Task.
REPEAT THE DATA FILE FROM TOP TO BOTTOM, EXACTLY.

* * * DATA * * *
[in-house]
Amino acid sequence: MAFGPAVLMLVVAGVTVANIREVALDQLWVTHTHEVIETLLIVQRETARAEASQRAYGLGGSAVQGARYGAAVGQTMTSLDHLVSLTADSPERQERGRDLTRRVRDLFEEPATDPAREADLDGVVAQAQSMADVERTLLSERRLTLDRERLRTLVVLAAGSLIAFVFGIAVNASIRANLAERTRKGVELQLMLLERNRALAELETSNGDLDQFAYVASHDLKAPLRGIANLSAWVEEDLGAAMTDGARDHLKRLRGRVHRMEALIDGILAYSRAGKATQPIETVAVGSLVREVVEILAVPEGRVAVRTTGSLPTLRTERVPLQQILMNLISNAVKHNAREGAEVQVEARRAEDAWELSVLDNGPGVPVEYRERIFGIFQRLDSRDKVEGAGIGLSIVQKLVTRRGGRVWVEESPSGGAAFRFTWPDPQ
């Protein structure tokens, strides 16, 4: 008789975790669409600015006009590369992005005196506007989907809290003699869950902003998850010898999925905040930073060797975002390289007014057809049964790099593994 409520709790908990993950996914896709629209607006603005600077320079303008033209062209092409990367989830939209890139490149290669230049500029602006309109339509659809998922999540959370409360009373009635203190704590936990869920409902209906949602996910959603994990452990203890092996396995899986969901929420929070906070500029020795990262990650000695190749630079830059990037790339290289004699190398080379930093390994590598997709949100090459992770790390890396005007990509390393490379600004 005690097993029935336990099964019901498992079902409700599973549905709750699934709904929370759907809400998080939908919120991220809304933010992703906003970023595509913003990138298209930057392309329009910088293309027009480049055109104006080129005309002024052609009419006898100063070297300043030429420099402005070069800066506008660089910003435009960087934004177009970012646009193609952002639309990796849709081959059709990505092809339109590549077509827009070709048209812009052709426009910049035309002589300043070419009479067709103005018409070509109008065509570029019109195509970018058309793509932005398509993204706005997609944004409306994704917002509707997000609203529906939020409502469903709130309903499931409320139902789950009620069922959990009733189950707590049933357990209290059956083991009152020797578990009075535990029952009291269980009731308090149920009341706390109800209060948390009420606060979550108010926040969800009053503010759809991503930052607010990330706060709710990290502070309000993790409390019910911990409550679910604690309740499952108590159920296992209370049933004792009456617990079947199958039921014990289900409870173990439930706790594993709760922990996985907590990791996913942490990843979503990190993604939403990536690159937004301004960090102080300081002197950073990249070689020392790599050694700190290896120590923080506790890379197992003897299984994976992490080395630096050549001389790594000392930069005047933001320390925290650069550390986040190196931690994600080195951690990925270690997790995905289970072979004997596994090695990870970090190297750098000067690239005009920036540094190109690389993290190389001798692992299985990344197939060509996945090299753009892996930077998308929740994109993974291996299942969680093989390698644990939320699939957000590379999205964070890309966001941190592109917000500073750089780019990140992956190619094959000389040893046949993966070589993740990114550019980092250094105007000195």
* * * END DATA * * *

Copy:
[in-house]
Amino acid sequence: MAFGPAVLMLVVAGVTVANIREVALDQLWVTHTHEVIETLLIVQRETARAEASQRAYGLGGSAVQGARYGAAVGQTMTSLDHLVSLTADSPERQERGRDLTRRVRDLFEEPATDPAREADLDGVVAQAQSMADVERTLLSERRLTLDRERLRTLVVLAAGSLIAFVFGIAVNASIRANLAERTRKGVELQLMLLERNRALAELETSNGDLDQFAYVASHDLKAPLRGIANLSAWVEEDLGAAMTDGARDHLKRLRGRVHRMEALIDGILAYSRAGKATQPIETVAVGSLVREVVEILAVPEGRVAVRTTGSLPTLRTERVPLQQILMNLISNAVKHNAREGAEVQVEARRAEDAWELSVLDNGPGVPVEYRERIFGIFQRLDSRDKVEGAGIGLSIVQKLVTRRGGRVWVEESPSGGAAFRFTWPDPQ
């Protein structure tokens, strides 16, 4: 008789975790669409600015006009590369992005005196506007989907809290003699869950902003998850010898999925905040930073060797975002390289007014057809049964790099593994 409520709790908990993950996914896709629209607006603005600077320079303008033209062209092409990367989830939209890139490149290669230049500029602006309109339509659809998922999540959370409360009373009635203190704590936990869920409902209906949602996910959603994990452990203890092996396995899986969901929420929070906070500029020795990262990650000695190749630079830059990037790339290289004699190398080379930093390994590598997709949100090459992770790390890396005007990509390393490379600004 005690097993029935336990099964019901498992079902409700599973549905709750699934709904929370759907809400998080939908919120991220809304933010992703906003970023595509913003990138298209930057392309329009910088293309027009480049055109104006080129005309002024052609009419006898100063070297300043030429420099402005070069800066506008660089910003435009960087934004177009970012646009193609952002639309990796849709081959059709990505092809339109590549077509827009070709048209812009052709426009910049035309002589300043070419009479067709103005018409070509109008065509570029019109195509970018058309793509932005398509993204706005997609944004409306994704917002509707997000609203529906939020409502469903709130309903499931409320139902789950009620069922959990009733189950707590049933357990209290059956083991009152020797578990009075535990029952009291269980009731308090149920009341706390109800209060948390009420606060979550108010926040969800009053503010759809991503930052607010990330706060709710990290502070309000993790409390019910911990409550679910604690309740499952108590159920296992209370049933004792009456617990079947199958039921014990289900409870173990439930706790594993709760922990996985907590990791996913942490990843979503990190993604939403990536690159937004301004960090102080300081002197950073990249070689020392790599050694700190290896120590923080506790890379197992003897299984994976992490080395630096050549001389790594000392930069005047933001320390925290650069550390986040190196931690994600080195951690990925270690997790995905289970072979004997596994090695990870970090190297750098000067690239005009920036540094190109690389993290190389001798692992299985990344197939060509996945090299753009892996930077998308929740994109993974291996299942969680093989390698644990939320699939957000590379999205964070890309966001941190592109917000500073750089780019990140992956190619094959000389040893046949993966070589993740990114550019980092250094105007000195």